We caught no Maine state or world record fish last year. We came closest with the 48 pound Maine state trophy white hake that Joe O’Rourke (NY) caught in early September. The existing IGFA (International Game Fish Association) all tackle world record for the white hake at this time is 46 pounds registered on shore weight and caught initially as a 51 pounder by John Audet (ME) on the Bunny Clark in the fall of 1986. We felt that we needed a slightly larger fish in order to break or tie the world record. Hake lose more than a pound even in a short period of time to consider getting the fish to a registered scale on land before it lost even more. As we use an exceptionally accurate scale, it can be said that initially Joe had a world record hake. Joe’s hake is the second largest of its species we have seen on the Bunny Clark since 1986. The largest one we have ever seen was a 63 pounder caught by Robert Jorgensen (ME) in 1983.

Unofficially, there were two other hake that were caught that tied or bested the world record at the time the fish was hoisted out of the water. Brian Lewer (FL) caught a 46 pound Maine State trophy white hake in July, our third largest hake of the year. And Micah Tower (ME) caught a (previously mentioned) 47 pound Maine State trophy white hake in June, the Bunny Clark’s second largest hake of the season.

You can check out all of our current and past world and state records by accessing the records link at or by going directly to

At the time of this writing, the new recreational fishing regulations for the 2012 fishing season (the fiscal calendar year starts May 1st) are very similar to last season’s with one exception (haddock). We expect some big changes for the upcoming season, particularly as it relates to the cod, the season for catching cod, the minimum size and the bag limit. We will not know what these new regulations will be until at least February.

As the rules exist now, we have a 24 inch minimum length limit on cod, a 12 inch minimum size on winter (blackback) flounder, a 19 inch limit on pollock, a 19 inch limit on haddock (an increase of an inch from the 2011 fishing season – this minimum size increase went into effect on January 6, 2012), a 9 inch limit on redfish and a 41 inch limit on halibut. Halibut landings are limited to one halibut per vessel per day federally, state wise we are limited to five halibut per calendar year (Maine only). There is also a possession limit on haddock of nine (9) fish per person. There is no limit on hake and cusk. There is also a ten fish bag limit on cod and a seasonal closure for cod possession from November 1st until April 16, 2011. Regulated fish can be filleted at sea and skinned as long as you leave at least “2 square inches of contiguous skin that allows for identification of fish species”. Non-regulated species like hake, cusk and ocean pout can be filleted and skinned completely – at least this was the intent of the New England Fishery Management Council’s ruling. There is a prohibition on the possession of wolffish (We release them back to the ocean alive).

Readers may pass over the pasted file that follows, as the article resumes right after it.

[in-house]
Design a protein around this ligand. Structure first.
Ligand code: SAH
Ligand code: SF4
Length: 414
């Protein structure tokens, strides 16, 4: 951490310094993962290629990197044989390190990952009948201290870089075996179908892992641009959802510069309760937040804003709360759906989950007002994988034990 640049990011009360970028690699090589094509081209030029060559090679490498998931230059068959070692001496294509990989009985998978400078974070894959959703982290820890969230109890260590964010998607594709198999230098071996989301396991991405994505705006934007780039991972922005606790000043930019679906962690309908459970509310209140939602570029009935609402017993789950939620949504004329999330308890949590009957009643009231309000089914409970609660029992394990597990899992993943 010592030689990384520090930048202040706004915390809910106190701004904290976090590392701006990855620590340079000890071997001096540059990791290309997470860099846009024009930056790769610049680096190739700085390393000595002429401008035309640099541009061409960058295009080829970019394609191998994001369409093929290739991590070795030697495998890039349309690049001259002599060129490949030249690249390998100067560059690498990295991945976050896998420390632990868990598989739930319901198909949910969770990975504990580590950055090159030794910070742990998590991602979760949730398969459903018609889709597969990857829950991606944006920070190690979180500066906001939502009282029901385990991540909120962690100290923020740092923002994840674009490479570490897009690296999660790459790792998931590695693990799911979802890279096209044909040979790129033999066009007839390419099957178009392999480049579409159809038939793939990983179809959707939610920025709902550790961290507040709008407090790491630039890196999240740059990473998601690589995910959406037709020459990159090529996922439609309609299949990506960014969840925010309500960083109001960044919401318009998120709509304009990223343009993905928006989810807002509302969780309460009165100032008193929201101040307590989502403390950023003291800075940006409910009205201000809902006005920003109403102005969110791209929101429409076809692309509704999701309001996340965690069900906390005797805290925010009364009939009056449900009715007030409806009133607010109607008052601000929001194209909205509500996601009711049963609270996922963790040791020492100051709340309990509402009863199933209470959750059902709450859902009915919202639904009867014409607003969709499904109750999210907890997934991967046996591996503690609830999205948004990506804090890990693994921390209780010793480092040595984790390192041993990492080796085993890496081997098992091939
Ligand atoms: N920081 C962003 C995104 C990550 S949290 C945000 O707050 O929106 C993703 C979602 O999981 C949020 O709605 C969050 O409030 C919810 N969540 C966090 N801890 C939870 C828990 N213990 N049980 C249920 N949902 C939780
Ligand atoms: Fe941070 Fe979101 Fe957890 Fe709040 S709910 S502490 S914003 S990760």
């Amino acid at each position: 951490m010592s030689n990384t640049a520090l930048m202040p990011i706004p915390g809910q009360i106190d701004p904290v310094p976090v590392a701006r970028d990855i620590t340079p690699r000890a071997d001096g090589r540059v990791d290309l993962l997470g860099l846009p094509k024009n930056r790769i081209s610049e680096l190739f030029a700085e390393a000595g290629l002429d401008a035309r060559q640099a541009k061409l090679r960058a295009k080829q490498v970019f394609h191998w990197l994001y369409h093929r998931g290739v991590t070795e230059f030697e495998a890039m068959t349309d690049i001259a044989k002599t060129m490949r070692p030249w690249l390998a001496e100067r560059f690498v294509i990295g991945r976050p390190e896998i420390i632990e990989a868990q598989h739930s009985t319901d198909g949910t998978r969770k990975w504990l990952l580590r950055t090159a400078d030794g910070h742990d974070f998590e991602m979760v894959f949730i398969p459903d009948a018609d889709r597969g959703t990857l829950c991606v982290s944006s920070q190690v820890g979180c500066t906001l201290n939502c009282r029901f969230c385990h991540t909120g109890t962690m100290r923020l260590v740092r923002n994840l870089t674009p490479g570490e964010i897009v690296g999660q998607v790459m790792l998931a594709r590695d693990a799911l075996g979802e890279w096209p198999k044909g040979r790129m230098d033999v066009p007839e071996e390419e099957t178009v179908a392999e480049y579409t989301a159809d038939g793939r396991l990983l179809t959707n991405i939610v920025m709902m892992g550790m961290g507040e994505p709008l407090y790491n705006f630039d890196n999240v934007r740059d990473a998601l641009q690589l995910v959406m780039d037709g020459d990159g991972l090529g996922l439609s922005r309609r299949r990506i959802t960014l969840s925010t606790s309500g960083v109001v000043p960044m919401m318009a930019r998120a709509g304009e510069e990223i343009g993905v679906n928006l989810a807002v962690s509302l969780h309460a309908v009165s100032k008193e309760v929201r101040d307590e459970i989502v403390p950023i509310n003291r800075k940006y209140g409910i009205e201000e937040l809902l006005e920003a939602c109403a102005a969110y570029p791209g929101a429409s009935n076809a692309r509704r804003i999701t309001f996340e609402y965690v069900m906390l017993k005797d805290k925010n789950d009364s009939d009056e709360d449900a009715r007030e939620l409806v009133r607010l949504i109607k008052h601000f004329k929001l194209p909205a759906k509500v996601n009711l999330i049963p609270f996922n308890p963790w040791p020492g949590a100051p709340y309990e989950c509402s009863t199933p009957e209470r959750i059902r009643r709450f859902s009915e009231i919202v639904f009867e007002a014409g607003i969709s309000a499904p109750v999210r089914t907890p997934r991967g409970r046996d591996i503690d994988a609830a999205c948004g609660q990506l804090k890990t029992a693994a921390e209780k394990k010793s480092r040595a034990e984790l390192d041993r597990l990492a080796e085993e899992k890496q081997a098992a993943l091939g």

As I feel that the greatest achievement in angling is the ability of a person to hook and land a trophy fish on their own, I have listed the guests who caught the top five (or seven, with the redfish) largest of each significant species during the 2011 fishing season. Keep in mind that all the represented weights of these fish were taken aboard the Bunny Clark using a registered scale shortly after capture (the same way it has been done since our first fishing trip on the Bunny Clark in May 1983). I feel that this is the fairest comparison between the angler’s fish since weight loss is proportional to the amount of time the fish is out of water. This also makes all our big fish comparable through all the seasons since the Bunny Clark was launched.

Angler (State)


Weight (lbs)

1. Liam Kennedy (NJ)



2. Travis Manning (NC)



3. Andy Chornobil (NY)



4. Ed Jeter (MA)



5. Liam Kennedy (NJ)



6. Dan Kelley (ME)



7. Ray Westermann (MA)



8. Dick Lyle (PA)



9. David MacDonald (MA)



10. Bryan Lewer (FL)



11. Jim Bradley (VT)



12. Eric Pysar (NY)



13. Amy Finocchiaro (MA)



14. Craig Trombley (NY)



15. Jon Griffin (MA)



16. Joe O’Rourke (NY)

White Hake


17. Micah Tower (ME)

White Hake


18. Bryan Lewer (FL)

White Hake


19. Shawn Rosenberger (PA)

White Hake


20. Dan Kelley (ME)

White Hake


21. Jack Meholic (PA)



22. Don Stancil (PA)



23. Ken McLaughlin (ME)



24. Dennis Morton (NY)



25. Jason Kenyon (NY)



26. Bob Williams (NY)



27. Dana Decormier (NH)



28. Micah Tower (ME)



29. Andy Chornobil (NY)



30. John Risko (NY)



31. Micah Tower (ME)



32. Dana Decormier (NH)



33. Dana Decormier (NH)



34. Joe O’Rourke (NY)



35. Bill Lewis (MA)



36. Ron Worley (NY)



37. Steve Wiater (MA)



38. Mark Robinson (MA)



39. Dave Gray (VT)



40. Andrew Gaudio (CT)



41. Ian Keniston (ME)



42. John Cooker (OH)



43. Peter Grant (ME)



44. Steve LaPlante (CT)

Torpedo Ray


45. Jason Ridolfi (NY)

Barndoor Skate


Where there is a tie in fish size, anglers are arranged in order of the date caught. Earlier catches are placed first.

* These redfish, although caught with Bunny Clark, Corp., were caught on the Petrel, our lobster boat, with Tim Tower as captain on January 1, 2011. All the redfish posted in this trophy list represent every trophy redfish that was caught for Bunny Clark, Corp. during the 2011 fishing year. Only two trophy redfish were actually caught on the Bunny Clark in 2011.

** These halibut were sub-legal and released back to the ocean alive.

*** Federal regulation prohibits the retention of wolffish. All five of these wolffish were released back to the ocean alive.